The empire's Christian and Jewish population played a significant role in promoting trade; indeed Abbas actively encouraged these activities; the Isfahan Christian ward of Jolfa-ye No attests to the shah's tolerance and protection of religious minorities in his domain; the new prosperity reflected itself in Safavid architecture, particularly in Isfahan, the jewel of Abbas' empire and the center of Safavid power from 1599; the city was embellished, drawing on all the resources that the artistic flowering of the preceding three centuries had produced; Magnificent parks, mosques, palaces, and great open squares [where troops maneuvered or vast polo games were played] were created; to these were added impressive hospitals and schools in the city and around the empire; even today, the brilliance of the work done in Isfahan does not cease to delight the imagination; indeed to this day, Isfahan's palaces and mosques are Iran's main tourist attraction and a symbol of sound architecture and city planning under the Safavids.

Three view of Aliqapu Shah Abbas' main palace in Isfahan's Maydean-e Naqsh-e Jahan

Maydan Naqsh-e Jahan looking north. Aliqapu to the
left, the bazaar opposite and the royal chapel of Shaykh
Lotfallah to the right.

The Shaykh Lotfallah royal chapel (left) stands on the east of the Maydan and the Masjed-e
Shah (center and right) located on the south of the Maydan

Another view of Aliqapu palace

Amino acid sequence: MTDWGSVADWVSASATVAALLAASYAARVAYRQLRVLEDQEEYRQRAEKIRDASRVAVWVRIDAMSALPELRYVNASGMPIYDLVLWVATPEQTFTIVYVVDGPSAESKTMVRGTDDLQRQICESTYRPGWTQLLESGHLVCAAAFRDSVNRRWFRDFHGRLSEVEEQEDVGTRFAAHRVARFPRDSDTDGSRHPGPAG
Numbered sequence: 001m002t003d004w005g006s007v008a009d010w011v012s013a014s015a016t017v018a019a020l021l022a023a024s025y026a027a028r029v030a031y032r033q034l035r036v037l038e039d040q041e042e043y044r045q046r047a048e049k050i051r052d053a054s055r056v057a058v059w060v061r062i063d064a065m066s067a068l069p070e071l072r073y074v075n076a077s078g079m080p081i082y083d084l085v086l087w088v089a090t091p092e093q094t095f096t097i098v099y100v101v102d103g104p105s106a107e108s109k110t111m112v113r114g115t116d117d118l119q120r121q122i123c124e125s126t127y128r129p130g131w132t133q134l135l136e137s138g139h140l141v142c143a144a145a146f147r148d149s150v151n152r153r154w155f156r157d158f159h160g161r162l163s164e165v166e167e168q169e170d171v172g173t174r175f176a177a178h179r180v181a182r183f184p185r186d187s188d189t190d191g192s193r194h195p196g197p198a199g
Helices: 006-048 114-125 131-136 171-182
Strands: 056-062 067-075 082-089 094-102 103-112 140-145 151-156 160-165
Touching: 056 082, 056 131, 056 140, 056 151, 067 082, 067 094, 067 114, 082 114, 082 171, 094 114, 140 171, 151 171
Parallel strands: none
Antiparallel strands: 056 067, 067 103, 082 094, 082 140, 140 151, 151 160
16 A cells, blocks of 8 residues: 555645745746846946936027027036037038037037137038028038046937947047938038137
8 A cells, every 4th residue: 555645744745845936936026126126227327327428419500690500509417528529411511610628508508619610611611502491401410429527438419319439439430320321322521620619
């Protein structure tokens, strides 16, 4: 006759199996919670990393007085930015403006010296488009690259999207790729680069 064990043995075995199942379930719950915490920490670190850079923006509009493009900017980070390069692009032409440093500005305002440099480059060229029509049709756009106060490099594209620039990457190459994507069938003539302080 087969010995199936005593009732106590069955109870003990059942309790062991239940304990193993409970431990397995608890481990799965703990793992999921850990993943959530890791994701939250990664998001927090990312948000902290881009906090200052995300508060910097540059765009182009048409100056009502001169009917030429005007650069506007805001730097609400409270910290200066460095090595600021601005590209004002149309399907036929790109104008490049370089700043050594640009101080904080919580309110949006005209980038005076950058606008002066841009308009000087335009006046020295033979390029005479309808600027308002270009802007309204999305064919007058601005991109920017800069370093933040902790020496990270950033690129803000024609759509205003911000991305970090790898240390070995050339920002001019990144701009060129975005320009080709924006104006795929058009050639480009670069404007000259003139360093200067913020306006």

Safavid Decline:

Some of the key elements in Safavid decline began during Abbas' reign; land policies has already been mentioned; another was the problem of succession: up to Abbas' reign, Safavid princes and heirs to the throne were entrusted to a Qizilbash amir and sent out as governors in order to gain experience and training; this policy, however, gave influence and control to the Qizilbash amir at the expense of central authority; the policy was changed after a rebellion by one of Abbas' his sons; from this point on all prices were confined to the imperial harem, [similar to the Ottoman cage system]; this policy neutralized their immediate threat but denied future rulers of the empire adequate training as they grew up ignorant of state affairs and susceptible to harem intrigues.
 Also the standing army was an expensive venture; while it provided the empire the necessary fire power to reassert state control, in the long run it proved to be much burden on a state treasury which, to begin with, was much poorer that its counterpart the Ottoman empire.
 Occupation of Baghdad (1638) only 14 years after Abbas' victory and the loss of Qandahar (1639) to the Mughals were the first signs of weakness.
 Shah Safi: 1629-1642
 Ineffective son of Abbas; known for drunkenness, sexual pleasure; drugs, died at a young age.

 Shah Abbas II: 1642-1666

 He also had the above characteristics and died at an early age (32) like his father; under him all remaining iqta land was turned into Khaseh; he attempted to force 100,000 Jews to convert to Islam; they converted nominally; he maintained the Ottoman peace and recaptured Qandahar (1648), never to return to the Mughals; he built Pol-e Khaju and the Chehel Sotun (Pavilion of Forty Columns) palace in Isfahan.